¶5 The next contention is that the probate court has no jurisdiction of the offense of criminal libel. The first legislature passed an act which was entitled: "An Act Extending the Jurisdiction of the Probate Court in Civil and Criminal Cases, and Prescribing the Procedure Therein, and Providing for Appeals Therefrom." This act appears in the 1893 Statutes as article 15 of chapter 18, and was also duly ratified by act of congress. Section 1, of this act is as follows: "Probate courts in their respective counties, shall in addition to the powers conferred upon them by the probate chapter of the Territory, have and exercise the ordinary powers and jurisdiction of justices of the peace, and shall, in civil cases, have concurrent jurisdiction with the district court in all civil cases in any sum not exceeding one thousand dollars, exclusive of costs and in action of replevin where the appraised value of the property does not exceed that sum, and the provisions of the chapter on civil procedure relative to justices of the peace and to practice and proceedings in the district court shall apply to the proceedings in all civil actions prosecuted before said probate courts: provided, that probate courts shall not have jurisdiction: First. In any action for malicious prosecution. Second. In any action against officers for misconduct in office except where like proceedings can be had before justices of the peace. Third. In actions for slander and libel. Fourth. In actions upon contracts for sale of real estate. Fifth. In any matter wherein the titles or boundaries of land may be in dispute, nor to order or decree the partition or sale of real estate."

¶6 This statute, and section 7 of "Procedure Criminal," were both enacted by the same legislature, both required the express assent of congress in order to give them effect, and both were ratified by the same act of congress; hence are concurrent statutes, are in pari materia, and must be construed together. It is a well-settled rule of statutory construction that all parts of a statute or of concurrent statutes must be so construed as to give effect to every part thereof, and without rendering any portion inoperative, when the same can be done without doing violence to language or destroying clearly-defined legislative intent. To hold that the special provisions of section 1562, by virtue of the limitations contained therein, modify or repeal in part section 4862, will violate the rule, just stated. By section 4862, it is clear that the legislature intended to and did give probate courts jurisdiction of the offense of criminal libel. Did the same legislature intend to take away this jurisdiction by the limitations contained in section 1562? We think not. Both sections can be construed together, so as to make every part of each section effective and operative, and yet, do no violence to either language or legislative intent. The limitation in section 1562 has application to civil actions for libel and slander, and was not intended to apply to criminal prosecutions. If the legislature had intended to prohibit the probate court from entertaining jurisdiction of criminal prosecutions for libel and slander, instead of the fourth subdivision of section 4862 reading as it does, the legislature would have caused it to read thus: "Offenses not infamous crimes, all of which may be tried on information before the county or probate courts, (except prosecutions for slander and libel,) and, if not there tried, then before the district court." This construction harmonizes all the provisions of both statutes, renders every part of both effective and operative, and, in our judgment, effectuates the legislative intent. We have examined the record, and find no prejudicial error. The judgment of the probate court is affirmed, at the costs of the plaintiff in error, and the probate court directed to take the necessary steps to carry said judgment into effect.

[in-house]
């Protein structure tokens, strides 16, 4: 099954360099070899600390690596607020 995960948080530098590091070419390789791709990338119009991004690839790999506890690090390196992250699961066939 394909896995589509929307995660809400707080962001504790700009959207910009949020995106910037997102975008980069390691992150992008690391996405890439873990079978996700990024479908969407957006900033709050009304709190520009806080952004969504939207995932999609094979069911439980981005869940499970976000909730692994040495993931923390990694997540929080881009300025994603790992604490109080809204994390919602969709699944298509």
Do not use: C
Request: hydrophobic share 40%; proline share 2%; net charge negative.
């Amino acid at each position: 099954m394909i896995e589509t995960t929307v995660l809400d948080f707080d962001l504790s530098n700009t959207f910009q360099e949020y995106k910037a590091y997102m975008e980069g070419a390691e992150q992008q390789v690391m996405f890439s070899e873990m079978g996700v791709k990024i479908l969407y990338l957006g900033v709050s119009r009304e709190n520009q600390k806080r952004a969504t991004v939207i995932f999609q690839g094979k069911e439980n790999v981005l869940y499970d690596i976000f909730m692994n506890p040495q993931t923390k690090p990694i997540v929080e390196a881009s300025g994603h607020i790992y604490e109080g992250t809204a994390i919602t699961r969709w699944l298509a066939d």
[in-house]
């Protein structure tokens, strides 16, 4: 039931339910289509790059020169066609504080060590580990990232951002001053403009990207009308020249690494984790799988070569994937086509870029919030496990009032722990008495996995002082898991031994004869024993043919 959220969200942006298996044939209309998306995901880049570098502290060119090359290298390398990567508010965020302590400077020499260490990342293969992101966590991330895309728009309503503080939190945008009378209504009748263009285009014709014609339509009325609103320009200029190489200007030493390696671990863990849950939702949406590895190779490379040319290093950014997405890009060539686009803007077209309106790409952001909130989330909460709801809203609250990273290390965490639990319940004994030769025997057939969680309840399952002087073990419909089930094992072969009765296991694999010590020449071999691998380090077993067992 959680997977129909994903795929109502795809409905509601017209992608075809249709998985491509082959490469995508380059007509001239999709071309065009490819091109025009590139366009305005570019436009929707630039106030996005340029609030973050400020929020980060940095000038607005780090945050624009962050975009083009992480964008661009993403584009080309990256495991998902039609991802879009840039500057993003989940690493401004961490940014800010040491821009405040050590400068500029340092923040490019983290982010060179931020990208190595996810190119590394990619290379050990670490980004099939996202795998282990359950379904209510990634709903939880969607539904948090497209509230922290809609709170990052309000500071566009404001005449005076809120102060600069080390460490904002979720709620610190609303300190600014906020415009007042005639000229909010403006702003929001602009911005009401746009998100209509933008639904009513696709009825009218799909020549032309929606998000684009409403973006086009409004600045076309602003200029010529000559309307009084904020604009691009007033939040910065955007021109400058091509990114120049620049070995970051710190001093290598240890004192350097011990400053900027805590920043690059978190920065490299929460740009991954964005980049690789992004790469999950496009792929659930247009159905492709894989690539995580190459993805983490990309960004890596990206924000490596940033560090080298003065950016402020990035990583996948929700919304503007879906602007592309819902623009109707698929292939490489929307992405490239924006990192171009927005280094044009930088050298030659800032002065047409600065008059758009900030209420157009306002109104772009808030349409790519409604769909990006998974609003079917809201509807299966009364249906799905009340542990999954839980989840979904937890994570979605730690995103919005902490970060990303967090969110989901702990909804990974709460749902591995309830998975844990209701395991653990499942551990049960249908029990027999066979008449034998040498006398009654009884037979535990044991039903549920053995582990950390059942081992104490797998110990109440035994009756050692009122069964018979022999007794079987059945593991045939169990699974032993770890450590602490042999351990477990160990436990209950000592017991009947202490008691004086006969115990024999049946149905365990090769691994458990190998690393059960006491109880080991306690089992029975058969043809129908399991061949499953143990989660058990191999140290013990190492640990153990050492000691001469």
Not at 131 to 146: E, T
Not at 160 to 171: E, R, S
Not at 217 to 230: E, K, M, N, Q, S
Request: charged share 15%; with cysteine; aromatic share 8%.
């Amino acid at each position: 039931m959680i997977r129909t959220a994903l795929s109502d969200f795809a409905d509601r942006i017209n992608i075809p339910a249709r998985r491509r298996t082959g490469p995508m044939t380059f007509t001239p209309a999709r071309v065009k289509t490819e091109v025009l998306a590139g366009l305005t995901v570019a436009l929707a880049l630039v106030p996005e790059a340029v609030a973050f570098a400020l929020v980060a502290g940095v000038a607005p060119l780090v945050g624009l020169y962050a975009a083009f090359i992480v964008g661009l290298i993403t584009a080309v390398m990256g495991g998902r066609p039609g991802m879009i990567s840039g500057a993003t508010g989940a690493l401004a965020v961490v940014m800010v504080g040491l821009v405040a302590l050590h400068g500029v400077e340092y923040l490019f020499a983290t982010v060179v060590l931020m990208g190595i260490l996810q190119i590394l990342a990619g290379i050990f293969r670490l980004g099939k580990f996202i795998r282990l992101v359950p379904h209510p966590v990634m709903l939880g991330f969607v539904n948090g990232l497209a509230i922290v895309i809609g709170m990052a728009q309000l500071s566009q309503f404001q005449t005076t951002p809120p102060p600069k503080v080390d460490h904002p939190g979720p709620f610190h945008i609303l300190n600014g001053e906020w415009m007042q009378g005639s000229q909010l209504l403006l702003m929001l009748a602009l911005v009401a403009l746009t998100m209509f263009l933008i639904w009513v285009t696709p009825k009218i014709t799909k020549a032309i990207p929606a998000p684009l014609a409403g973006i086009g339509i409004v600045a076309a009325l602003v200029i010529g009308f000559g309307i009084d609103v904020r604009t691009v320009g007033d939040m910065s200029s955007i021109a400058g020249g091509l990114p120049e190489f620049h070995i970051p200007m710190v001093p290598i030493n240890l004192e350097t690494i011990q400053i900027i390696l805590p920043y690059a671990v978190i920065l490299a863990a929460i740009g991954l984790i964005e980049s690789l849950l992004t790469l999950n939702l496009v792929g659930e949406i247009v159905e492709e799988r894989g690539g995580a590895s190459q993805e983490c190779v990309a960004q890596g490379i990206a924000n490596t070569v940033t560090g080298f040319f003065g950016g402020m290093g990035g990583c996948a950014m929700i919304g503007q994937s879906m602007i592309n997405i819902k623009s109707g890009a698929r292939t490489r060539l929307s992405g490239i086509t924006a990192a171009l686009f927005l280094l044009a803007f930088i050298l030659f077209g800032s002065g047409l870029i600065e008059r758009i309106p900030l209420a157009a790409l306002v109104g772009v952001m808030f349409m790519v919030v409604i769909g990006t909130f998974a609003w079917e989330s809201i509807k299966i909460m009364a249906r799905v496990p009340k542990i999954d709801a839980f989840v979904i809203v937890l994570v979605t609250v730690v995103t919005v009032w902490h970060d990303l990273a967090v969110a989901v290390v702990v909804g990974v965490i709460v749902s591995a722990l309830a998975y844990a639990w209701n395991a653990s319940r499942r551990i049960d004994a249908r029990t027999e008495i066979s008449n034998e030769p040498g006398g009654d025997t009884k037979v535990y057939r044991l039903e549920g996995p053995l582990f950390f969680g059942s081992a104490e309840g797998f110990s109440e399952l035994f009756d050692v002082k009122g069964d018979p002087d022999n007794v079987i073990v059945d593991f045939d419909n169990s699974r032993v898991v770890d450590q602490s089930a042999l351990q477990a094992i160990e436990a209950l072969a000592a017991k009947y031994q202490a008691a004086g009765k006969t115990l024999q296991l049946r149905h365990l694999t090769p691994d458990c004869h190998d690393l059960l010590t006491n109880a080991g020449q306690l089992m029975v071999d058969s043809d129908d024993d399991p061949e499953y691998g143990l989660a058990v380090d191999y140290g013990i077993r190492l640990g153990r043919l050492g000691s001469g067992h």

¶7 All of the Justices concurring.